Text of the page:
One of the premises that Lee incorporated in Jeet Kune Do was “combat realism”. He insisted that martial arts techniques should be incorporated based upon their effectiveness in real combat situations. This would differentiate JKD from other systems where there was an emphasis on “flowery technique”, as Lee would put it. Lee claimed that flashy “flowery techniques” would arguably “look good” but were often not practical or would prove ineffective in street survival and self-defense situations. This premise would differentiate JKD from other “sport”-oriented martial arts systems that were geared towards “tournament” or “point systems”. Lee felt that these systems were “artificial” and fooled their practitioners into a false sense of true martial skill. Lee felt that because these systems favoured a “sports” approach they incorporated too many rule sets that would ultimately handicap a practitioner in self-defense situations. He felt that this approach to martial arts became a “game of tag” which would lead to bad habits such as pulling punches and other attacks; this would again lead to disastrous consequences in real world situations.
Another aspect of realistic martial arts training fundamental to JKD is what Lee referred to as “aliveness”. This is the concept of training techniques with an unwilling assistant who offers resistance. Lee made a reference to this concept in his famous quote “Boards don’t hit back!” Because of this perspective of realism and aliveness, Lee utilised safety gear from various other contact sports to allow him to spar with opponents “full out”. This approach to training allowed practitioners to come as close as possible to real combat situations with a high degree of safety.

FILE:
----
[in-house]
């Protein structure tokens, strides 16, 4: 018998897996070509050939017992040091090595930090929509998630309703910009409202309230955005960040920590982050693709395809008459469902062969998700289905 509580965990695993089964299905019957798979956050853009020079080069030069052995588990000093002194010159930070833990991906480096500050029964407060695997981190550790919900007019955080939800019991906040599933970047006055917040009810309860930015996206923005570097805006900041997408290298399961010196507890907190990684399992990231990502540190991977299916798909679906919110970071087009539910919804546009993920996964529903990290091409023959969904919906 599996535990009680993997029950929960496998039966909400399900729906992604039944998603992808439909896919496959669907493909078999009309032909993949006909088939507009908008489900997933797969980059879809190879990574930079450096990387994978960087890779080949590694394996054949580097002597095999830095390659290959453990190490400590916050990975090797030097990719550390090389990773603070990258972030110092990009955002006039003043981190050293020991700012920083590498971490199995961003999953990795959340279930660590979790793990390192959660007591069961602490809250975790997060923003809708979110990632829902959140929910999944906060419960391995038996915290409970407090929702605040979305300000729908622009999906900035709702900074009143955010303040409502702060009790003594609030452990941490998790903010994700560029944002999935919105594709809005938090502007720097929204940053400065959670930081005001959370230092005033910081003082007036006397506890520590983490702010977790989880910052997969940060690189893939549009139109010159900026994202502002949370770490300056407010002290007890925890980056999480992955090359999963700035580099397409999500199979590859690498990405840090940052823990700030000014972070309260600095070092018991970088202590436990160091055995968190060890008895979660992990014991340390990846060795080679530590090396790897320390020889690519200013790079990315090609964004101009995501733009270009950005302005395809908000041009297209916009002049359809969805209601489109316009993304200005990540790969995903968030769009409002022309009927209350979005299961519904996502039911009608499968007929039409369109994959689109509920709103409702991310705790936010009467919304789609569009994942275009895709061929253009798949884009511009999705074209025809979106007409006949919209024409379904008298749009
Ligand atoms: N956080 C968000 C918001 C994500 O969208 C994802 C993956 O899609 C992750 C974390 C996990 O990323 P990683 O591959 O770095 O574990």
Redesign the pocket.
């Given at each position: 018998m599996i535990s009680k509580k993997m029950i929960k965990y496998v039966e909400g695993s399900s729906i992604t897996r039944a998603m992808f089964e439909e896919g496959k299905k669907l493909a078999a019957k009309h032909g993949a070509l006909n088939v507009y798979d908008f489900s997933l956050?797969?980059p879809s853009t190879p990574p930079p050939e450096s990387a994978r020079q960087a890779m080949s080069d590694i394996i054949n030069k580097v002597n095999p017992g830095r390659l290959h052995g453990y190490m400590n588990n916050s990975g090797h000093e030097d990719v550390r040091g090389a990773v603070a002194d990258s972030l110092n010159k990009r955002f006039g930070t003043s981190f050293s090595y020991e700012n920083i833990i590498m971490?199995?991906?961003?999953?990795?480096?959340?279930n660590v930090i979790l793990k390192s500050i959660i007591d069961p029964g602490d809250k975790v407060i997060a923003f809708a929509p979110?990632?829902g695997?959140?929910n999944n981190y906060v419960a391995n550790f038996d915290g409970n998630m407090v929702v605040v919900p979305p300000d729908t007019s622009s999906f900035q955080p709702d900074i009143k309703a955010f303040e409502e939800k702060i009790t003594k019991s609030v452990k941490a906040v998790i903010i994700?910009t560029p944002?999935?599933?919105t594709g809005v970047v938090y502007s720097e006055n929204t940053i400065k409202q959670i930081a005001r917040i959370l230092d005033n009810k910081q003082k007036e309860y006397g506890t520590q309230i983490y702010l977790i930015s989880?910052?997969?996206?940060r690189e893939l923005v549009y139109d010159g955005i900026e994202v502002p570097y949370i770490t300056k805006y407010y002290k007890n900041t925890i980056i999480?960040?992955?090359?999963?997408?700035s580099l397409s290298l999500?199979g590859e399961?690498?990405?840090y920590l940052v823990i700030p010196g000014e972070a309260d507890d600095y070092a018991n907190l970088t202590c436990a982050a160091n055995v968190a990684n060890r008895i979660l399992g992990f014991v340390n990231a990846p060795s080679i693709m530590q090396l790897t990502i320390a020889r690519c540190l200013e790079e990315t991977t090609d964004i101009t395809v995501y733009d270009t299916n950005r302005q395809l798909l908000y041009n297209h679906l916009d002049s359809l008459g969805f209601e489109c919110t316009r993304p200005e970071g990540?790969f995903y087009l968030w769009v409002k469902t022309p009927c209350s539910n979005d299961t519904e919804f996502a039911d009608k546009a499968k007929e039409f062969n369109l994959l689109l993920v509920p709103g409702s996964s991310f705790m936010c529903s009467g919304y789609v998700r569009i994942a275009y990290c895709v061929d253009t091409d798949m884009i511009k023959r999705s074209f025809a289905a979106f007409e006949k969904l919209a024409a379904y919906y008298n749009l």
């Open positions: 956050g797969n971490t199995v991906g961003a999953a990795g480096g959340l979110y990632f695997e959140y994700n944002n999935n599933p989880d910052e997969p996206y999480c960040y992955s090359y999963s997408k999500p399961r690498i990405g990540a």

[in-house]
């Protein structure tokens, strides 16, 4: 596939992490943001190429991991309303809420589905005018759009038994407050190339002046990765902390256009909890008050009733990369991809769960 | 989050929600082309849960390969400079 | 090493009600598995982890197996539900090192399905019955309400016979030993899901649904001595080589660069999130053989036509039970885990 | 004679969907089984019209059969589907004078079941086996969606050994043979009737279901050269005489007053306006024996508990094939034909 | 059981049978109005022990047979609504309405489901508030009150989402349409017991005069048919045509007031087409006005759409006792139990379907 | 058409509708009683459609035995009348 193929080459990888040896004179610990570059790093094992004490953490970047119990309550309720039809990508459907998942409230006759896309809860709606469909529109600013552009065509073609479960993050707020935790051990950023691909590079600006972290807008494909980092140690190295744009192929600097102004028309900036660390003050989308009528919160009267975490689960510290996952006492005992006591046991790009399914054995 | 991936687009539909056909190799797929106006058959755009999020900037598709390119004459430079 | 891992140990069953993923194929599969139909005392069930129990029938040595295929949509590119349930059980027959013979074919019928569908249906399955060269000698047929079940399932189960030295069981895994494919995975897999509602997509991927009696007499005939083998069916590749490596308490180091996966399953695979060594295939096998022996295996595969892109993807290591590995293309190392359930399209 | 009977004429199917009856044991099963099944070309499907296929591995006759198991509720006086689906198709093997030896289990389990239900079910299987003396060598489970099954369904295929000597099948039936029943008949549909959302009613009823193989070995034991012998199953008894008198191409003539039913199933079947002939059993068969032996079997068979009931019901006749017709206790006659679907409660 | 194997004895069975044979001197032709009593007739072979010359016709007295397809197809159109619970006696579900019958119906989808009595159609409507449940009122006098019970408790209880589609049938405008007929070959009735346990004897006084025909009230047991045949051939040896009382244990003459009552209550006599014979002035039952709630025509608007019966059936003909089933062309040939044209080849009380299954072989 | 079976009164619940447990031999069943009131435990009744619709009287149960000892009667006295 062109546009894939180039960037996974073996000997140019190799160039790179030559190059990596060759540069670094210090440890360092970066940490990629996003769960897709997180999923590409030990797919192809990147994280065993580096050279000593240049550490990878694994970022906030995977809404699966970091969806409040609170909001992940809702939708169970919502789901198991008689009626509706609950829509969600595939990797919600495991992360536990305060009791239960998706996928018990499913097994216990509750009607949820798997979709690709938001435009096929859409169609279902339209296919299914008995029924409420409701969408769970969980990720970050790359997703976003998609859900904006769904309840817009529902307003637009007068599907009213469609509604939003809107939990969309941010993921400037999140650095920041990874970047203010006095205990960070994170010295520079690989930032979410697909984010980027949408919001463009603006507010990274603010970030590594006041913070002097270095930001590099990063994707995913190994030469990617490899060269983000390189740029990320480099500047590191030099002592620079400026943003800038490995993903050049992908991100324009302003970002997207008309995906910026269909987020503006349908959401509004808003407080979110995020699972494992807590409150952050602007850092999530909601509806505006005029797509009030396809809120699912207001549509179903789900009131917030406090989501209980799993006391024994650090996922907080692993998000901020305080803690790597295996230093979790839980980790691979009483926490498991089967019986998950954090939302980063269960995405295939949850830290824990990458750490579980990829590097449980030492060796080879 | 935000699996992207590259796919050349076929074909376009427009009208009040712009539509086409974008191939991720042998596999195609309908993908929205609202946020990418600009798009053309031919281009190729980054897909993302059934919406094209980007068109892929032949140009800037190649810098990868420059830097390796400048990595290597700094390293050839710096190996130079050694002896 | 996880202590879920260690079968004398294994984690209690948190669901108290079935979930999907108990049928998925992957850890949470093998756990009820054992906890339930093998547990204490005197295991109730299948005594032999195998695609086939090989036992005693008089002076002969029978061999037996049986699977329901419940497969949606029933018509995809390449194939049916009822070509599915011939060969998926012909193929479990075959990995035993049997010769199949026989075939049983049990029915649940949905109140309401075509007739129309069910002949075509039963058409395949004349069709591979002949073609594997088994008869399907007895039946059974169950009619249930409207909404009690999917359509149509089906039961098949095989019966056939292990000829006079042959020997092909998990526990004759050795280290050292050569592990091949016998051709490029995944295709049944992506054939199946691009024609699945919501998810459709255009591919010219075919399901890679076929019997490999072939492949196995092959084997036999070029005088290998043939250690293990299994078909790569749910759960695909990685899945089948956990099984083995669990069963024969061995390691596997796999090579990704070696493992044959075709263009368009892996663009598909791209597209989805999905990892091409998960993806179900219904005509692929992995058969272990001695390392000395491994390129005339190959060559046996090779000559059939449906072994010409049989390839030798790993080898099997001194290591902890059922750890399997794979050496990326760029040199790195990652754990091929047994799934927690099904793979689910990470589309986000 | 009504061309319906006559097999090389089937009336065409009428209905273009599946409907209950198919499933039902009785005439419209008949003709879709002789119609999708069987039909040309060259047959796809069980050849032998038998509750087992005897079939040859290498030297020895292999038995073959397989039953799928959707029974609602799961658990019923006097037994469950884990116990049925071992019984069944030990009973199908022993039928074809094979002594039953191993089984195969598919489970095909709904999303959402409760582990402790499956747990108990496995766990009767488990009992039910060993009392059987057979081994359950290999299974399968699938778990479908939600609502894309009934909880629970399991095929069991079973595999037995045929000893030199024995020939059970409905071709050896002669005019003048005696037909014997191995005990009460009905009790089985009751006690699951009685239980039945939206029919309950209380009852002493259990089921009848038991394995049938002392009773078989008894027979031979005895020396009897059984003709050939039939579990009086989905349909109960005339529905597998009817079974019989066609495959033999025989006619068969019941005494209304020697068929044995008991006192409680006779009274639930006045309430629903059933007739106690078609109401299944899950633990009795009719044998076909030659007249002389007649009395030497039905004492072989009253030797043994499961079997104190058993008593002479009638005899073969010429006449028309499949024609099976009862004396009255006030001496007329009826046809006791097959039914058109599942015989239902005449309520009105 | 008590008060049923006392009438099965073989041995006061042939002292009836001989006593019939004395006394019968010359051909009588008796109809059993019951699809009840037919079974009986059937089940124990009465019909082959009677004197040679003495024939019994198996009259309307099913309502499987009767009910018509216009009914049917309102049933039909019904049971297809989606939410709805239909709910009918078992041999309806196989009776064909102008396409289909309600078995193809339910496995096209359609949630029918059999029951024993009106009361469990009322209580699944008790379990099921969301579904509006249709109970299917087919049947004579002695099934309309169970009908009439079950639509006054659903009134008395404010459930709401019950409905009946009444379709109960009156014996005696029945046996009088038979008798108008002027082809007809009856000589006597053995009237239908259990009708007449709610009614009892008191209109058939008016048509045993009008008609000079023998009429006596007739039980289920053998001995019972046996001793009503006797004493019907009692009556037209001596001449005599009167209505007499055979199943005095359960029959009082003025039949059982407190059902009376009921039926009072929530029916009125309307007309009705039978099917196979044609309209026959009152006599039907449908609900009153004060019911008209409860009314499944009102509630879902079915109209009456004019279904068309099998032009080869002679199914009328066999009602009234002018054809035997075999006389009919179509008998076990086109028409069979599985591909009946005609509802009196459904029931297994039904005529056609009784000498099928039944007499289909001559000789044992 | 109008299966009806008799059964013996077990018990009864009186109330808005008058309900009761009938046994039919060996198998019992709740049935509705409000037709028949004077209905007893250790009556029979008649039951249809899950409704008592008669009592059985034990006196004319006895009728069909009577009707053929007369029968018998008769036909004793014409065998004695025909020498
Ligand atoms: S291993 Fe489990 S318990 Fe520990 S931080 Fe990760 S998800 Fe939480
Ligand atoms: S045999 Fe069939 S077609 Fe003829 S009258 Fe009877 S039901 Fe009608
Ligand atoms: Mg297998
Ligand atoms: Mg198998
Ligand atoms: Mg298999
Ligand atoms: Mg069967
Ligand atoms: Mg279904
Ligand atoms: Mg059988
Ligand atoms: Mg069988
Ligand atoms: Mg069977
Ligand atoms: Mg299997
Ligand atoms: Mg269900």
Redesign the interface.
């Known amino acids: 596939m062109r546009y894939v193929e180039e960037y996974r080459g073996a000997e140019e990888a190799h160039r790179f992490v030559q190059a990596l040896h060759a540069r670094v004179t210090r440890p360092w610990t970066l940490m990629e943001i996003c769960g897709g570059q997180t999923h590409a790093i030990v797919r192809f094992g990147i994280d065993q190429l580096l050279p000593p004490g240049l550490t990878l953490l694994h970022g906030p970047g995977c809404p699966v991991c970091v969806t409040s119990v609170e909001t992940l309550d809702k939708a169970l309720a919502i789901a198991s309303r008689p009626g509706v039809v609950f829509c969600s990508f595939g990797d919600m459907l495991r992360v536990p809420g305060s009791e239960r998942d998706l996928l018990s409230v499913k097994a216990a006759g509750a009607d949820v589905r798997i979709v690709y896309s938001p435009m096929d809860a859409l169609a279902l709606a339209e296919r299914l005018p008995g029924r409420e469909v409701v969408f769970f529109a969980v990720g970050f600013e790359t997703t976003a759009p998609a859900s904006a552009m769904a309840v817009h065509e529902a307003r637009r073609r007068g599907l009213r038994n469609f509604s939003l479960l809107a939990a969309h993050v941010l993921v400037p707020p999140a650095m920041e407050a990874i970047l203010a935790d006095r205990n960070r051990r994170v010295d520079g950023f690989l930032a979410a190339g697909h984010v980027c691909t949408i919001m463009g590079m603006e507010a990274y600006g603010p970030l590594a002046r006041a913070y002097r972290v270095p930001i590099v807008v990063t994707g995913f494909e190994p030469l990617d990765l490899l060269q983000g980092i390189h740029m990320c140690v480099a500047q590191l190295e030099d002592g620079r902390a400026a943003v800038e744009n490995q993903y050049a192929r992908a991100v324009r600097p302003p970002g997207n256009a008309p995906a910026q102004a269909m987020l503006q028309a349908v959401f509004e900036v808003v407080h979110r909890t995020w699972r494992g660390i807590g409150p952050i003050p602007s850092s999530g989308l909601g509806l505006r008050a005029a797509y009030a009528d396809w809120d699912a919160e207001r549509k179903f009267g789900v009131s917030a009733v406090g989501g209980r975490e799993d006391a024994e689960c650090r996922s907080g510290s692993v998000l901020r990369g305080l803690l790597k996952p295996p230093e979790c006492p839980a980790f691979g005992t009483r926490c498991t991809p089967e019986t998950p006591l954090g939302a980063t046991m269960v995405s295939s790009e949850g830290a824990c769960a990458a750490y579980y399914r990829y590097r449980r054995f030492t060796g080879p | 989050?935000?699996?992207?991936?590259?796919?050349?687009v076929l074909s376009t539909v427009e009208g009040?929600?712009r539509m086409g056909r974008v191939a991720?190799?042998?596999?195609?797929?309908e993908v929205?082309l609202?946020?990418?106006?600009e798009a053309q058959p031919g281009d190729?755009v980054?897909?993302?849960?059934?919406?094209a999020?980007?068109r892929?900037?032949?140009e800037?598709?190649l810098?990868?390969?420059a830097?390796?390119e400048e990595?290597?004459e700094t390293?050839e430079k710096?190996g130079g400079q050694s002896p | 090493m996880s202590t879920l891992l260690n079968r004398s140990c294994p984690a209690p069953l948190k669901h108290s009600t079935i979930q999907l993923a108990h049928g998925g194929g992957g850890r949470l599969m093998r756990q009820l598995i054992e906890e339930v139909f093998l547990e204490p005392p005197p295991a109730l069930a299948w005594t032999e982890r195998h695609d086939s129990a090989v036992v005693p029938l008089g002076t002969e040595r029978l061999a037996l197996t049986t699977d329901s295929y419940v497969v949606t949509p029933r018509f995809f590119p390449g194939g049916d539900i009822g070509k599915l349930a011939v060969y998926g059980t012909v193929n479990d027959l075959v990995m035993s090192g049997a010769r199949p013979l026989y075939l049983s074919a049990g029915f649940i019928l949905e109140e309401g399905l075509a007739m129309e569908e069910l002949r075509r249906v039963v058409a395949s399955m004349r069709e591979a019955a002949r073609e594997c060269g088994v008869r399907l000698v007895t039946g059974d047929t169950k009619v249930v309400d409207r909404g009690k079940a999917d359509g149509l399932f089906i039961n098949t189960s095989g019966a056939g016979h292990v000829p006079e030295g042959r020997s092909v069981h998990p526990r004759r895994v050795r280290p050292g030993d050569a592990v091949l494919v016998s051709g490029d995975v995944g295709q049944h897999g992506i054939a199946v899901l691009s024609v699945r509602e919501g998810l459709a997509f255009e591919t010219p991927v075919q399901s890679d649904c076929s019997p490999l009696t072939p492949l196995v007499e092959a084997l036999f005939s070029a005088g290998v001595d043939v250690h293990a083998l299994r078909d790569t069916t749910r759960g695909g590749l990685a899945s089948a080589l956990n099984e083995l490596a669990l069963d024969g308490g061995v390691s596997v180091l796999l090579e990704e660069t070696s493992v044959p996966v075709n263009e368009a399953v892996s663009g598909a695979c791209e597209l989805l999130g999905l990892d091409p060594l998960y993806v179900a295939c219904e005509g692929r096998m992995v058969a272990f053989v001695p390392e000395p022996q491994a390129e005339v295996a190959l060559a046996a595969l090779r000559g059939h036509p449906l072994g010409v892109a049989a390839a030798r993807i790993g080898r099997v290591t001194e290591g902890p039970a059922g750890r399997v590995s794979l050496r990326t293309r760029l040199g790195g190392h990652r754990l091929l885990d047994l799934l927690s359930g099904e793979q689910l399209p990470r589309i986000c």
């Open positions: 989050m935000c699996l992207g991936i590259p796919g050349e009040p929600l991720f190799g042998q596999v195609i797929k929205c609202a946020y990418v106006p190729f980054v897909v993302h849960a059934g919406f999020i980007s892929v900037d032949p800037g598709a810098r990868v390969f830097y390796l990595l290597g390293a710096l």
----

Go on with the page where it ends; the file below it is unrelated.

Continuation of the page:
Absorb what is useful, discard what is useless
This is the idea that a martial artist can only learn techniques in their proper context, through a holistic approach. Styles provide more than just techniques: They offer training methods, theories, and mental attitudes. Learning these factors allows a student to experience a system in what Lee called its “totality”. Only through learning a system completely will an artist be able to “absorb what is useful”, and discard the remainder. Real combat training situations allow the student to learn what works, and what does not. The critical point of this principle is that the choice of what to keep is based on personal experimentation with various opponents over time. It is not based on how a technique may look or feel, or how precisely the artist can mimic tradition. In the final analysis, if the technique is not beneficial in combat, it is discarded. Lee believed that only the individual could come to understand what worked; based on critical self-analysis, and by “honestly expressing oneself, without lying to oneself”.